Are you protected from cybercrime?


The most prevalent stories of cybercrime in the media today highlight the personal effects of the compromised of credit card numbers, medical records, birth dates, passport numbers and other personal information.  However cybercrime can also severely disadvantage commercial entities through the loss of corporate data and information such as intellectual property and proprietary information.  Research has found that:

  • In 2013, it was estimated that more than one-fifth of the major 255 businesses in Australia were targeted by cyber attackers. Of this number, more than 20% experienced more than 10 ‘cyber security’ incidents (“Rise in cyber attacks on Australian Businesses”, Moses, SMH 2013)
  • In Australia, cybercrime is the second most commonly experienced crime, just behind asset misappropriation

In 2009, six countries in the Asia Pacific/Oceania region enacted data privacy laws.  Two more have since followed suit. The Australian Federal Government recently introduced new cybercrime law in March 2013, which has allowed Australia’s law enforcement and intelligence agencies to compel carriers to preserve communications about specified people (“Australia’s new cybercrime law”, Kallenbach and Sam, Minter Ellison 2013), as well as expanding the offences set under Criminal Code 1995 (Cth).

Further, the government established the national Cyber Security Centre (CSC) at the end of 2013, acknowledging that businesses are increasingly relying on the Internet in order to run their operations (“Australia’s New Cyber Security Initiative”, Morris and Gian, Allens 2013). The CSC will be part of Australia’s new National Security Strategy, commissioned by Julia Gillard in 2013, and has the following objectives to achieve:

  • To promote international norms for cyberspace (through representation through UN bodies, APC, 260, and the Seoul Conference on Cyberspace
  • To update intelligence legislation to reflect the changing environment and to promote the applicability of existing international law for cyberspace
  • Accession to the Council of Europe’s Convention on Cyberspace

The CSC will be able to provide advice in relation to the type of cyber security measures that businesses should take, and will provide critical infrastructure and telecommunications for businesses to use in regards to protecting assets and information (“Australia’s New Cyber Security Initiative”, Morris and Gian, Allens 2013).

A common misconception for businesses however is that external forces are the biggest threat to privacy and security.  In 2011, a survey conducted by Accenture found that employees (48%) and business/system (57%) failures were cited most often as the source of data breaches across the world.  Malicious insiders, in particular, are a growing pandemic and can affect any industry (KPMG, 2010).  Research has found that:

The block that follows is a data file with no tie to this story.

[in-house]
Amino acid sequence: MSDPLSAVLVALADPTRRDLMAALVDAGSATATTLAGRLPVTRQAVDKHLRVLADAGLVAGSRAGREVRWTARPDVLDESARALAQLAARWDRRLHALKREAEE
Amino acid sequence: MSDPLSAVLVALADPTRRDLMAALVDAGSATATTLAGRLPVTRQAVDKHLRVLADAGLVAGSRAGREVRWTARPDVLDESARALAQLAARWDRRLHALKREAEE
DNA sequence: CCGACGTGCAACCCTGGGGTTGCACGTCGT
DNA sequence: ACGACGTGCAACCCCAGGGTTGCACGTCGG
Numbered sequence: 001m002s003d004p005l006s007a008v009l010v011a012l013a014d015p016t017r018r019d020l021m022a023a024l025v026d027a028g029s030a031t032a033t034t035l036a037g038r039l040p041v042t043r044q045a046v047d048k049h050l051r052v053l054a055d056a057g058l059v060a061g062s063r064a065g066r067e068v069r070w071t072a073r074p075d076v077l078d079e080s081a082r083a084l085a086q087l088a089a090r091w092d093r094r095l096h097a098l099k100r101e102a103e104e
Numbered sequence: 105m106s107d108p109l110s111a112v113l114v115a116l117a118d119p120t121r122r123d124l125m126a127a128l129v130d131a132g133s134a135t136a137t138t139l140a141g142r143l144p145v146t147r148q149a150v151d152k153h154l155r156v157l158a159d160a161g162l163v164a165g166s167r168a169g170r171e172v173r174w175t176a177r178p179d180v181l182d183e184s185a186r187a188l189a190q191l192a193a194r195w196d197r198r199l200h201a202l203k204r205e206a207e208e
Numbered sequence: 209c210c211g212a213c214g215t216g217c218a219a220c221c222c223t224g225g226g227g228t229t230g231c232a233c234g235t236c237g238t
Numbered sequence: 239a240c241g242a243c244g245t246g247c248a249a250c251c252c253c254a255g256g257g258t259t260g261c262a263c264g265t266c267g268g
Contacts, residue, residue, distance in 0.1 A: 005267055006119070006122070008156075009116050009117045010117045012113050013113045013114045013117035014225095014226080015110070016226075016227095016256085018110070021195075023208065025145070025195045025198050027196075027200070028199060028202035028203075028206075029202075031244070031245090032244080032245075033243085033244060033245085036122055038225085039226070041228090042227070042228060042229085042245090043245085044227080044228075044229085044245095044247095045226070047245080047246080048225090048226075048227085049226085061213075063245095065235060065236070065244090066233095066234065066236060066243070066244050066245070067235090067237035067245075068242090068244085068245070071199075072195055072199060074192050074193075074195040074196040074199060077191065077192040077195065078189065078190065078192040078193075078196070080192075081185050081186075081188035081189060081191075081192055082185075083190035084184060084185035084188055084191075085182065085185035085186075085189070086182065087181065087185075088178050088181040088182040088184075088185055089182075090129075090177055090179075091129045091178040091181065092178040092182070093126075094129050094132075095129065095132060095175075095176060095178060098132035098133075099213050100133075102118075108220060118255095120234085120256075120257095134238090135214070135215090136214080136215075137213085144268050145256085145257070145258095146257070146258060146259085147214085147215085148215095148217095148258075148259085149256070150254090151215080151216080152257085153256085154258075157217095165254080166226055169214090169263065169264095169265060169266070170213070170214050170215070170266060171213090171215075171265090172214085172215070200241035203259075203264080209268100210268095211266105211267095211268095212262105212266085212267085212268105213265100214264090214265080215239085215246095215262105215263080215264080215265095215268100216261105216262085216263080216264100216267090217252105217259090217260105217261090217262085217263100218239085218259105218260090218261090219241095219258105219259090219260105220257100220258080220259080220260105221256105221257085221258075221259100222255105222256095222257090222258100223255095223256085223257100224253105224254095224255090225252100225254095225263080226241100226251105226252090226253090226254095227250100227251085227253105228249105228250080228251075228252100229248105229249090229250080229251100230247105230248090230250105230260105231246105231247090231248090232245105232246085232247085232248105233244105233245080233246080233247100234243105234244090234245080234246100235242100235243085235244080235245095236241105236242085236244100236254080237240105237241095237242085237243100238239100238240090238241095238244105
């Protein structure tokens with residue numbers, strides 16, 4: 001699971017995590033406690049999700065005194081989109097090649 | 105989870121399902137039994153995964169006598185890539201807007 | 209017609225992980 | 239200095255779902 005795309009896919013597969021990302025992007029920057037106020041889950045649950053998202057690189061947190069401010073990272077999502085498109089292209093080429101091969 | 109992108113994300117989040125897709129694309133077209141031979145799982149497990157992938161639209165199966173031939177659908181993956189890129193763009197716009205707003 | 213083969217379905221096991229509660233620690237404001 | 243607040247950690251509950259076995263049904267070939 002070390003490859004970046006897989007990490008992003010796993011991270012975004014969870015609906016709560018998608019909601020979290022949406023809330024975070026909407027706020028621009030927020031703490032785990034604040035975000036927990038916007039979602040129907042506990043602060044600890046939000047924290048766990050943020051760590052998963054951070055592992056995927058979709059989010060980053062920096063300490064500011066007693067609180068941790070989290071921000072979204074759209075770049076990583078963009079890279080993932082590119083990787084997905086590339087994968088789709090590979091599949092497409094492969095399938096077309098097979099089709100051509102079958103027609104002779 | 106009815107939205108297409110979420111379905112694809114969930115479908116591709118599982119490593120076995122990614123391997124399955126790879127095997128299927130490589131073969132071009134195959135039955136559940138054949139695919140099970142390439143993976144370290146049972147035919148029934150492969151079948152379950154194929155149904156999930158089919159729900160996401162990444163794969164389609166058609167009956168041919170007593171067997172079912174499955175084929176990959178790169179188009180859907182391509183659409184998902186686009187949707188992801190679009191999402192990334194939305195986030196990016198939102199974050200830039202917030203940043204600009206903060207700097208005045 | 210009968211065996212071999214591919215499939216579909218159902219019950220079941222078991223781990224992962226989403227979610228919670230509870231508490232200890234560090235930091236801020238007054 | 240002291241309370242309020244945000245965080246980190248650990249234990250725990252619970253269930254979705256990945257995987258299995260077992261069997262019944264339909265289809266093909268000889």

• 46% of insider incidents are committed using company email
  • 70% of insiders take the information to competitors
  • Records taken are mostly regarding personally identifiable information and Government ID numbers
  • 93% of malicious insiders leave the company before their acts are discovered

Cyber insurance policies can protect you and your business for claims arising from your Internet use.

Whether you mean to or not, your Internet use effectively creates a portal for external access into your internal systems.  This exposure can result in viruses and Trojans, liability from slander/defamation and rogue employees.  Further, expensive lawsuits, lost business opportunities and damage to your network and reputation can cost more than you think.

For example, in January 2012, Australia’s second biggest online broking business, ANZ Bank’s ETrade, was forced to shut down over the New Year period by a denial-of-service attack launched from overseas.  Following the attack, access to the site was unavailable for some customers for nearly two weeks (SMH, Cyber-attack strands ETrade customers, 5 Jan 2012). Last year the Australian Federal Police (AFP) and the Reserve Bank of Australia (RBA) were both attacked by the Indonesian activist-hacking group Anonymous Indonesia, where the AFP website went down early in November, whilst the RBA’s anti denial-of-service successfully stopped their website from going down (“AFP and RBA websites suffer cyber attacks”, Hoh, SMH 2013). These latest attacks show the potential for cyber attacks to not only target small business, but also critical functions of an economy, suggesting the very real dangers that cyber attacks can cause.

Moreover, it can take years to build a good reputation and book of business, but a single data breach can instantly change everything, leading to loss of clients and potential devaluation of company stock.

Other policies on the market do not offer sufficient protection when it comes to cybercrime.  For example, Professional Indemnity policies are tied to professional services and may have a requirement that there be an act of negligence; Crime risk is only in regards to money, securities and tangible property; Property risk does not consider data as tangible property.

Cyber insurance policies therefore provide coverage for: personal data liability, corporate data liability, outsourcing, data security, defence costs.  Further the additional benefits of these policies include: data administrative investigations and fines, and reputational repair of the company and individual.

So contact ii-A today to see how we can assist you with Cyber and Privacy Policy to meet the needs of your business.